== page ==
The Christian Science Monitor released good news on America’s schools last week, but do early literacy and numeracy truths belie expert predictions?
Citing data from the U.S. Department of Education the Monitor reported 80 percent of U.S. high school students now graduate from high school within four years, the highest national average since data collection on graduation rates began.
Four-year adjusted cohort graduation rates are the new standard, defining the cohort from the time a student becomes a freshman. The rate is calculated using the number of students who graduate within four years and includes adjustments for student transfers.
School rates may suffer due to poor data collection, inept bookkeeping, and a failure to track transfers.
Poverty impacts rates also. New data show that more than 40 percent of students from low-income families did not graduate in Alaska, Georgia, Nevada, New Mexico and Minnesota. And rates vary significantly from state to state for students with disabilities.
Graduation rate calculations are imperfect exercises subject to building-level error and, like most data on schools, are rearview mirror indices. But they bear heavily on local economics. Ask a Realtor.
Some experts predict U.S. graduation rates will hit 90 percent by the year 2020, compelling impetus for job creation in a country where 40 percent of last year’s college graduates struggle to find meaningful work.
Some Georgia systems and individual high schools are already there.
Georgia’s state rate, however, falls far shy at 71.5 percent, up from 69.7 percent in 2012. In the Georgia class of 2013, 35,341 students from the total 124,056 did not graduate within four years. Of their 88,715 peers who graduated only 40.2% (applying the most recent publicly available HOPE rates) left high school eligible for HOPE scholarships.
Georgetown University’s Center on Education and the Workforce shows 58 percent of jobs by 2018 in Georgia will require post-secondary degrees. In states like Minnesota and North Dakota that percentage rises to 70 percent. A pipeline of qualified students is vital.
Locally, Decatur City Schools holds a current graduation rate of 93.9 percent, Henry County Schools has a rate of 78.5 percent and Morgan County’s rate is 85.6 percent.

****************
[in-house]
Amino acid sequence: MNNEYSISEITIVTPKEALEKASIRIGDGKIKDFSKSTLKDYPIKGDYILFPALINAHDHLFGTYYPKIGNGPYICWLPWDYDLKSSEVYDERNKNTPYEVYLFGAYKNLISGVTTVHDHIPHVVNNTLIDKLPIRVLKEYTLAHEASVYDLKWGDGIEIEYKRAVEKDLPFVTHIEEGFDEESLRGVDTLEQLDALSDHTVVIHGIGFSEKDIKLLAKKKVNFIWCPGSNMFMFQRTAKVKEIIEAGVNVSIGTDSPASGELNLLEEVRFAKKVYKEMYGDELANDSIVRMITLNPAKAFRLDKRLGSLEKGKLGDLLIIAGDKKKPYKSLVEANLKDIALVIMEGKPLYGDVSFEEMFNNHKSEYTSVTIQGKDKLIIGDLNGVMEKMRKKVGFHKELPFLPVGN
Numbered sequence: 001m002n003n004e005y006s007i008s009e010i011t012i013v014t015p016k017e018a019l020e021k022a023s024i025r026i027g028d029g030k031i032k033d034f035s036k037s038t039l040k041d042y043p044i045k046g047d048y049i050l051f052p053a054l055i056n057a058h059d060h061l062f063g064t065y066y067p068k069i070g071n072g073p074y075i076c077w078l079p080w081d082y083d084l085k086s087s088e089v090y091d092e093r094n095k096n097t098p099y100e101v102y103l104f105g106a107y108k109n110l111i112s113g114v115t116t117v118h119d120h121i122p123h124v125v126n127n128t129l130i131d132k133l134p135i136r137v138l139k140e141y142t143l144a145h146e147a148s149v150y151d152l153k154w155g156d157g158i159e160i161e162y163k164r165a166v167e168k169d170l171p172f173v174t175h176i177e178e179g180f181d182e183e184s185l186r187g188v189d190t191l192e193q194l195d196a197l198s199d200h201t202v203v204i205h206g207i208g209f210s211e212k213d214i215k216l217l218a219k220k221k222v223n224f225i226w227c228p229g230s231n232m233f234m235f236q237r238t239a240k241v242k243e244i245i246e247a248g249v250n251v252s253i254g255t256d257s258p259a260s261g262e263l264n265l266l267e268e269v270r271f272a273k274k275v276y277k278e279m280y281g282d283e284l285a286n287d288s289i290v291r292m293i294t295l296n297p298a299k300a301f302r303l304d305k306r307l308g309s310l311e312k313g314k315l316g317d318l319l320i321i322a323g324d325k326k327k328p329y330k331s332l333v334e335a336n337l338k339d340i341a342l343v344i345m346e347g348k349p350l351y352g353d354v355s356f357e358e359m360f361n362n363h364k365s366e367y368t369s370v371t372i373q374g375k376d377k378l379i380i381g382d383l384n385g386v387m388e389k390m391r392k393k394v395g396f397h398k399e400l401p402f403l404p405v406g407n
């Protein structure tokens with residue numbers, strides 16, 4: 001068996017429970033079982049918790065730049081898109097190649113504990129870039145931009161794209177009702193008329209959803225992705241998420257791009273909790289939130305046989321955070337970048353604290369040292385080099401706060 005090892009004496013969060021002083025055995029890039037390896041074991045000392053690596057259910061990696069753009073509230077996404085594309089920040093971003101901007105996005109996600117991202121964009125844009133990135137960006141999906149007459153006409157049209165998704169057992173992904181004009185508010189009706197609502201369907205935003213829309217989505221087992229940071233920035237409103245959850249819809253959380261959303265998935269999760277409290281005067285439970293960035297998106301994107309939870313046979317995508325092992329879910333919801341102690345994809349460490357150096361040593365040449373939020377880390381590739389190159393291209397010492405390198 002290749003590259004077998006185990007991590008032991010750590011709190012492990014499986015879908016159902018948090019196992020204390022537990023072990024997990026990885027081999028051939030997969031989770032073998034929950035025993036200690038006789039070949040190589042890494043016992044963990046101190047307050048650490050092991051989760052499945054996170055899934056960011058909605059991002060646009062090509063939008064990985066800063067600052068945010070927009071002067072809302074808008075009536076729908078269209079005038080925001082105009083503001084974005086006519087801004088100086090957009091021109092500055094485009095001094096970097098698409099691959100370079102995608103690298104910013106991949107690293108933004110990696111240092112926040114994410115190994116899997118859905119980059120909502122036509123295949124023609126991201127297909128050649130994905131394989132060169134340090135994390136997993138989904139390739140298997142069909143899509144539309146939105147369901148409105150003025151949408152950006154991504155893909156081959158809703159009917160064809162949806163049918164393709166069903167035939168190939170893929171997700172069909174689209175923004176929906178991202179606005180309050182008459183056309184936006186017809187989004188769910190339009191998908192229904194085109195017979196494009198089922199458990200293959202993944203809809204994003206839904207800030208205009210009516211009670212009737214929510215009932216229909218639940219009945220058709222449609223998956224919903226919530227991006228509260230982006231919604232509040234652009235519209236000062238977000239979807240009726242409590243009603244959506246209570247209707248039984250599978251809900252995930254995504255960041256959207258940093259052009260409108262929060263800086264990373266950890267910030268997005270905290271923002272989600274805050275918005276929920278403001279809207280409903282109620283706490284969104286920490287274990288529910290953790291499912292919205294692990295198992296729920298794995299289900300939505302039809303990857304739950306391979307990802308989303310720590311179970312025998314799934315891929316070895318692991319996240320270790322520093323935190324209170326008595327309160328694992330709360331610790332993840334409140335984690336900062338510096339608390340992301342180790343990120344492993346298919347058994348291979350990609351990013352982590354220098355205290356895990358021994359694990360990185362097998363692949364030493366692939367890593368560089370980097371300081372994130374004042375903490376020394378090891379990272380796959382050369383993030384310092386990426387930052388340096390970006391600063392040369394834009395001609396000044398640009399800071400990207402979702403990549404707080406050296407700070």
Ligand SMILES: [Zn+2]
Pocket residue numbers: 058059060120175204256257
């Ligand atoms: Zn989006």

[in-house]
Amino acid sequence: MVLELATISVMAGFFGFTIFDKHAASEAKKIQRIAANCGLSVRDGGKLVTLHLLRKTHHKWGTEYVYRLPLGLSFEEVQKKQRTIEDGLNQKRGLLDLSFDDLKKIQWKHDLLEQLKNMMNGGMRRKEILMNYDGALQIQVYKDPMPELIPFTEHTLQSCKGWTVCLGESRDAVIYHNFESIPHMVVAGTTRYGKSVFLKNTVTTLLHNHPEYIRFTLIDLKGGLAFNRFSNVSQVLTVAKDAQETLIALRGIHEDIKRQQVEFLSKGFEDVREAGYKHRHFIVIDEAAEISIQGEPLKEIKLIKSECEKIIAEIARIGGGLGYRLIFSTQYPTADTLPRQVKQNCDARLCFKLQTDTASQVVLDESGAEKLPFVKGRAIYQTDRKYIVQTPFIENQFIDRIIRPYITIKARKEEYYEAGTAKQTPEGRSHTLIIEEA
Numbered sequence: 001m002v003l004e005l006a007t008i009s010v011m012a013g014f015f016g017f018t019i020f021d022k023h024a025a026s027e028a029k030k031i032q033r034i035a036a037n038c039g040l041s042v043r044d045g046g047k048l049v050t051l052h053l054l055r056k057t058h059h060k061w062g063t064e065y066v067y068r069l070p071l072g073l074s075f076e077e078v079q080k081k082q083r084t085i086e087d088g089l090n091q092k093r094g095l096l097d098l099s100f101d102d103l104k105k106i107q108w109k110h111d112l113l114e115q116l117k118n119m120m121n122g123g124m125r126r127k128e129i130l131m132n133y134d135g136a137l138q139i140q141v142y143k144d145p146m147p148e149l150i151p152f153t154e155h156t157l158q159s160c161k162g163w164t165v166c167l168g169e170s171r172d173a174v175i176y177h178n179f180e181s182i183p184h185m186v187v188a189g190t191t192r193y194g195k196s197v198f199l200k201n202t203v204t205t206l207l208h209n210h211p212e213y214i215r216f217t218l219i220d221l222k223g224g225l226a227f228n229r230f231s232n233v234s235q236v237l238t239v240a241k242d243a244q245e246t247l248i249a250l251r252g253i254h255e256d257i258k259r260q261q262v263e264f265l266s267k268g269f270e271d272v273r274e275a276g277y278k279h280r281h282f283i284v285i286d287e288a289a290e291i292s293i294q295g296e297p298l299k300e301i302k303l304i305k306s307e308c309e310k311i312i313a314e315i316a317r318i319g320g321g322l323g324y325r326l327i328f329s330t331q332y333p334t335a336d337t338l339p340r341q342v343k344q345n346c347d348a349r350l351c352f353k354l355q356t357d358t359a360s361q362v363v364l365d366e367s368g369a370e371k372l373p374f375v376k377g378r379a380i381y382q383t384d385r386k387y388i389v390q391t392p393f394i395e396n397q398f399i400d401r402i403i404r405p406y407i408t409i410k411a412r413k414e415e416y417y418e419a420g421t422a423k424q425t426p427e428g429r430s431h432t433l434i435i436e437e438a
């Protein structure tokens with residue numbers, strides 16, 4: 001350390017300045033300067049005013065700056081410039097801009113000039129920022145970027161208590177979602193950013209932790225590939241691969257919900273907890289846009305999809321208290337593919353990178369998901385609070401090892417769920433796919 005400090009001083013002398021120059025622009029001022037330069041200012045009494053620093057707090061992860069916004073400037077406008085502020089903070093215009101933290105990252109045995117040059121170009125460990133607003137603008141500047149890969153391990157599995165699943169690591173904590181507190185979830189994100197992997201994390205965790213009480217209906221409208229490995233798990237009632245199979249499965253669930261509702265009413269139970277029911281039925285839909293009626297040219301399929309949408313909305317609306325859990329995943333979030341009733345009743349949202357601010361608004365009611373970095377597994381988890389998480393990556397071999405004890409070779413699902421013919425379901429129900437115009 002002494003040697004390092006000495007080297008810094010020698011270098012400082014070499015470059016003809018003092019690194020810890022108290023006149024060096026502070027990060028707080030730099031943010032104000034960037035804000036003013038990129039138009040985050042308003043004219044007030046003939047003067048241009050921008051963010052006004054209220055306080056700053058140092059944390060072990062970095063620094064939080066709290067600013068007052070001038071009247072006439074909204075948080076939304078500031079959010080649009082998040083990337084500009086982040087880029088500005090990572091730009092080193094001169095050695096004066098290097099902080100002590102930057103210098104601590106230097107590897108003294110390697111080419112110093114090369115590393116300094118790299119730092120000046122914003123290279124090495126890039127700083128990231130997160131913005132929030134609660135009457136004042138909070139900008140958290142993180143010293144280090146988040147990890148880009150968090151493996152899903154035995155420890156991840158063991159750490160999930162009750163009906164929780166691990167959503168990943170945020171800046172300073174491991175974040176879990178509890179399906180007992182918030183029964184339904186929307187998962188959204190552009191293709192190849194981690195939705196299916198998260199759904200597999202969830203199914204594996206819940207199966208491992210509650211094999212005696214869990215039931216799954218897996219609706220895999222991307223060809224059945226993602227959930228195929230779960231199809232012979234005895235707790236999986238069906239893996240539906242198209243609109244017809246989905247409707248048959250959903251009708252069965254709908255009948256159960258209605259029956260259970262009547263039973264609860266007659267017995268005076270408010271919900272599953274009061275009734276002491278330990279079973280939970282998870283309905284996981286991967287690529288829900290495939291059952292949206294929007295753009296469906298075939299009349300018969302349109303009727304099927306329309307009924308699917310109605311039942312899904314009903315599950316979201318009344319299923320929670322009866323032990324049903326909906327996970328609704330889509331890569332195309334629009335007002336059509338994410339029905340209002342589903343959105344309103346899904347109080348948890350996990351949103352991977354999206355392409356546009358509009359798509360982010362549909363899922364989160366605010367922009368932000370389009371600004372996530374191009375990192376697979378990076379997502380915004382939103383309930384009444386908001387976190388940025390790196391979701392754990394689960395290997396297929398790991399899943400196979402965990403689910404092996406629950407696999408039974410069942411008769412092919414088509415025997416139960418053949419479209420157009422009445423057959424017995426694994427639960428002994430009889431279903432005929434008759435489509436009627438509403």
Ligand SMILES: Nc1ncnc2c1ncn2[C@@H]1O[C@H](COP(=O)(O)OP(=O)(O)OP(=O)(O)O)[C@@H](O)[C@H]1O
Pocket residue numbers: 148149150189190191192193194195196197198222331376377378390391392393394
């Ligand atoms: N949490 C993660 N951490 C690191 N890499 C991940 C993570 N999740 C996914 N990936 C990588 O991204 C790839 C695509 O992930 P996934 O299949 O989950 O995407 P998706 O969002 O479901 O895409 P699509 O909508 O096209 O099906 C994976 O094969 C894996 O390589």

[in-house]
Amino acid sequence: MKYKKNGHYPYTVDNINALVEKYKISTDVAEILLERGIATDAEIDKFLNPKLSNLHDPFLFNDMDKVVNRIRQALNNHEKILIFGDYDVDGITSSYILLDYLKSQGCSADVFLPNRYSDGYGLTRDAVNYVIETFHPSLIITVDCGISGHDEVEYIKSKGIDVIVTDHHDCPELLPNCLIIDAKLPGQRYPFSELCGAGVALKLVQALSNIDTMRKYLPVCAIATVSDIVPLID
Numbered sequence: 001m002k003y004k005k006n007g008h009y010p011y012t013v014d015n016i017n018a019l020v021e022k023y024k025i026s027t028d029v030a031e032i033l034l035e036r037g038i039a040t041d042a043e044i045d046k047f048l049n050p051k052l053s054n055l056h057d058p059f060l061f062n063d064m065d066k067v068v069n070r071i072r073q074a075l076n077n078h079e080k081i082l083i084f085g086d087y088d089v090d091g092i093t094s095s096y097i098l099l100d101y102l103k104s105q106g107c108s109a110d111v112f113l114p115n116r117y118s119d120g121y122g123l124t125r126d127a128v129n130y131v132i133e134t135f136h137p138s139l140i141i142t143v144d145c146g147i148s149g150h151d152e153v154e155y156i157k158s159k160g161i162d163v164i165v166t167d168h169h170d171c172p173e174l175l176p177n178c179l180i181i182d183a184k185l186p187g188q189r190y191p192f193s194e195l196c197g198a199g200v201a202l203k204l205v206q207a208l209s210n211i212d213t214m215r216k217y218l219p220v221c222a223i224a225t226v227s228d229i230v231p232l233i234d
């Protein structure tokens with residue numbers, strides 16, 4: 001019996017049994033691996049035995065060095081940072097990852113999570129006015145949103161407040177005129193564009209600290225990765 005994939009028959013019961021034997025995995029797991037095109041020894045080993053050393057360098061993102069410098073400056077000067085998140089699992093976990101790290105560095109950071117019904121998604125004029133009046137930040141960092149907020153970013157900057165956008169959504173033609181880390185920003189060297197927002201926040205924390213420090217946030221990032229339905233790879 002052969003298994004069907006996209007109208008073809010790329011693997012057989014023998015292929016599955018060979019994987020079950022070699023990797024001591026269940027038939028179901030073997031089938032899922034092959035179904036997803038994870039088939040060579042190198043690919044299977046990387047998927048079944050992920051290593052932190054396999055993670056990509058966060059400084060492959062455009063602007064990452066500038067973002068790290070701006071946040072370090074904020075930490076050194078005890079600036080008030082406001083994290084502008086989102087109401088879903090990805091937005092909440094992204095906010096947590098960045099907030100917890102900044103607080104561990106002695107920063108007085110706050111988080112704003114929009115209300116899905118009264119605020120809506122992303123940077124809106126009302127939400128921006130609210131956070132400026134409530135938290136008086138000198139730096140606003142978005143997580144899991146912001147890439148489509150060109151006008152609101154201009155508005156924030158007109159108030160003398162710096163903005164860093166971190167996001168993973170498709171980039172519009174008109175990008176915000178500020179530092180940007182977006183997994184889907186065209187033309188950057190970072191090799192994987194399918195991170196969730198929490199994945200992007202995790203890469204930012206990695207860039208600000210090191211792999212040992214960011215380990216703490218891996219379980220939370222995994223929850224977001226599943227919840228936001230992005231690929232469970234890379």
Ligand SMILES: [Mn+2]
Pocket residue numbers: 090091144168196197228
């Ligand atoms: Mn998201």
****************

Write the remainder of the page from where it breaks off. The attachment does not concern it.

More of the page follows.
Newton County’s modified new rate is 73 percent. The original 71.3 percent became adjusted following a request from the district to the state to allow for an update of data. A five-day window was granted resulting in a 1.7 percent improvement to the rate. Eastside High graduated 88.1 percent of its cohort, just 1.9 percent shy of the 2020 projection by experts referenced above.
Oconee County’s rate of 91 percent includes North Oconee High’s 91.5 percent and Oconee County High at 90.3 percent.
Rockdale County generated a 78 percent graduation rate with Rockdale County High School at 80.1 percent. Social Circle City Schools graduated 75.6 percent, while Walton County’s 80.7 percent rate includes Loganville High graduating 86.8 percent of its cohort.
Georgia must build a future workforce matching 2018 requirements or employers will seek recruits outside of Georgia. A Savannah employer recently looked to Michigan for qualified welders.
National Association of Educational Progress data from 2002, 2007, 2009 and 2011 find Georgia students in grades 4 and 8 falling below national NAEP scale scores in reading, mathematics, science and writing, an unfortunate wrinkle that must be ironed into any strategy aiming for higher rates.
Early literacy and numeracy are critical links to ultimate completion, for remediation exacts high personal and economic costs and often delivers lackluster results.